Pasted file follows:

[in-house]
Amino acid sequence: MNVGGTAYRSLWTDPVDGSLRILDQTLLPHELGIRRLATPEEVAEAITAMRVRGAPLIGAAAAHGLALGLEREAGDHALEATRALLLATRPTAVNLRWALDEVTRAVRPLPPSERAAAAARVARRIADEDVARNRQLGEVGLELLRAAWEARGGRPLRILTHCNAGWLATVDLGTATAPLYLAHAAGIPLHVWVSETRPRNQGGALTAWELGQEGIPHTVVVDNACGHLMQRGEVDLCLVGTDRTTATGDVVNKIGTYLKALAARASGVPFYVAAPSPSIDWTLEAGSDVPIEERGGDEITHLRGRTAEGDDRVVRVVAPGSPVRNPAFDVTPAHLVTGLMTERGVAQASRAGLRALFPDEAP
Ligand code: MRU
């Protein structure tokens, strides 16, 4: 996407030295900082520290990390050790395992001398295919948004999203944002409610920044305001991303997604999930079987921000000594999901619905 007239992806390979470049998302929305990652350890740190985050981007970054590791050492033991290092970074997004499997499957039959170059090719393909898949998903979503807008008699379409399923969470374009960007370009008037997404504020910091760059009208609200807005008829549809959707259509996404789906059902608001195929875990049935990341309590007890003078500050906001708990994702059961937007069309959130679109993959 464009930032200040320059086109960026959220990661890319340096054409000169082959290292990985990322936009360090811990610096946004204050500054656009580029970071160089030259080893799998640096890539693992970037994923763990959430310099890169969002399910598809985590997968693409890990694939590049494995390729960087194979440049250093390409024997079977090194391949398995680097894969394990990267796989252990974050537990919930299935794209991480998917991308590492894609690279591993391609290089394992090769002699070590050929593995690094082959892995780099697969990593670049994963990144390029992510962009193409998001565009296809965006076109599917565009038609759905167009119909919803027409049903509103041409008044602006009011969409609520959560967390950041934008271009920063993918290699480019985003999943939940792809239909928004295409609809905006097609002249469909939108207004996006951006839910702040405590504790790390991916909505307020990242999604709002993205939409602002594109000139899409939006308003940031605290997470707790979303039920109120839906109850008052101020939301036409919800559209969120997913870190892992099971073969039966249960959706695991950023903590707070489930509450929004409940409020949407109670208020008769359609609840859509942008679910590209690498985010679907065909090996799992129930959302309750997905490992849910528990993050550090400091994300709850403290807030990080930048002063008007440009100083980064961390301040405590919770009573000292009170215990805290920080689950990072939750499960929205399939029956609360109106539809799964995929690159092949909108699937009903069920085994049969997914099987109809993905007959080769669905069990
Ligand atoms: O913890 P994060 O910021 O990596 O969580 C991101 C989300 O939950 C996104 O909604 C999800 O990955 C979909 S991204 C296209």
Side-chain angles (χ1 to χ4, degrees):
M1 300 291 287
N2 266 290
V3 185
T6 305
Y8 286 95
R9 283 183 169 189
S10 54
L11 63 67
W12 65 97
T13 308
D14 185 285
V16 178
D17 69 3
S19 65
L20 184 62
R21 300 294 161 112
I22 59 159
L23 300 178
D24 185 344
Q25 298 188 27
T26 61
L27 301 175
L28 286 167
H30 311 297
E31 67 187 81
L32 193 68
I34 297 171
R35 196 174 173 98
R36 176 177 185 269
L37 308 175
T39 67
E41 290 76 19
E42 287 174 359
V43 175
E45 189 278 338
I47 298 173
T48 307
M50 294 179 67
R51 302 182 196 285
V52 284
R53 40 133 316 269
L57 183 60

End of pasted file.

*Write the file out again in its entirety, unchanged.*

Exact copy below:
[in-house]
Amino acid sequence: MNVGGTAYRSLWTDPVDGSLRILDQTLLPHELGIRRLATPEEVAEAITAMRVRGAPLIGAAAAHGLALGLEREAGDHALEATRALLLATRPTAVNLRWALDEVTRAVRPLPPSERAAAAARVARRIADEDVARNRQLGEVGLELLRAAWEARGGRPLRILTHCNAGWLATVDLGTATAPLYLAHAAGIPLHVWVSETRPRNQGGALTAWELGQEGIPHTVVVDNACGHLMQRGEVDLCLVGTDRTTATGDVVNKIGTYLKALAARASGVPFYVAAPSPSIDWTLEAGSDVPIEERGGDEITHLRGRTAEGDDRVVRVVAPGSPVRNPAFDVTPAHLVTGLMTERGVAQASRAGLRALFPDEAP
Ligand code: MRU
């Protein structure tokens, strides 16, 4: 996407030295900082520290990390050790395992001398295919948004999203944002409610920044305001991303997604999930079987921000000594999901619905 007239992806390979470049998302929305990652350890740190985050981007970054590791050492033991290092970074997004499997499957039959170059090719393909898949998903979503807008008699379409399923969470374009960007370009008037997404504020910091760059009208609200807005008829549809959707259509996404789906059902608001195929875990049935990341309590007890003078500050906001708990994702059961937007069309959130679109993959 464009930032200040320059086109960026959220990661890319340096054409000169082959290292990985990322936009360090811990610096946004204050500054656009580029970071160089030259080893799998640096890539693992970037994923763990959430310099890169969002399910598809985590997968693409890990694939590049494995390729960087194979440049250093390409024997079977090194391949398995680097894969394990990267796989252990974050537990919930299935794209991480998917991308590492894609690279591993391609290089394992090769002699070590050929593995690094082959892995780099697969990593670049994963990144390029992510962009193409998001565009296809965006076109599917565009038609759905167009119909919803027409049903509103041409008044602006009011969409609520959560967390950041934008271009920063993918290699480019985003999943939940792809239909928004295409609809905006097609002249469909939108207004996006951006839910702040405590504790790390991916909505307020990242999604709002993205939409602002594109000139899409939006308003940031605290997470707790979303039920109120839906109850008052101020939301036409919800559209969120997913870190892992099971073969039966249960959706695991950023903590707070489930509450929004409940409020949407109670208020008769359609609840859509942008679910590209690498985010679907065909090996799992129930959302309750997905490992849910528990993050550090400091994300709850403290807030990080930048002063008007440009100083980064961390301040405590919770009573000292009170215990805290920080689950990072939750499960929205399939029956609360109106539809799964995929690159092949909108699937009903069920085994049969997914099987109809993905007959080769669905069990
Ligand atoms: O913890 P994060 O910021 O990596 O969580 C991101 C989300 O939950 C996104 O909604 C999800 O990955 C979909 S991204 C296209």
Side-chain angles (χ1 to χ4, degrees):
M1 300 291 287
N2 266 290
V3 185
T6 305
Y8 286 95
R9 283 183 169 189
S10 54
L11 63 67
W12 65 97
T13 308
D14 185 285
V16 178
D17 69 3
S19 65
L20 184 62
R21 300 294 161 112
I22 59 159
L23 300 178
D24 185 344
Q25 298 188 27
T26 61
L27 301 175
L28 286 167
H30 311 297
E31 67 187 81
L32 193 68
I34 297 171
R35 196 174 173 98
R36 176 177 185 269
L37 308 175
T39 67
E41 290 76 19
E42 287 174 359
V43 175
E45 189 278 338
I47 298 173
T48 307
M50 294 179 67
R51 302 182 196 285
V52 284
R53 40 133 316 269
L57 183 60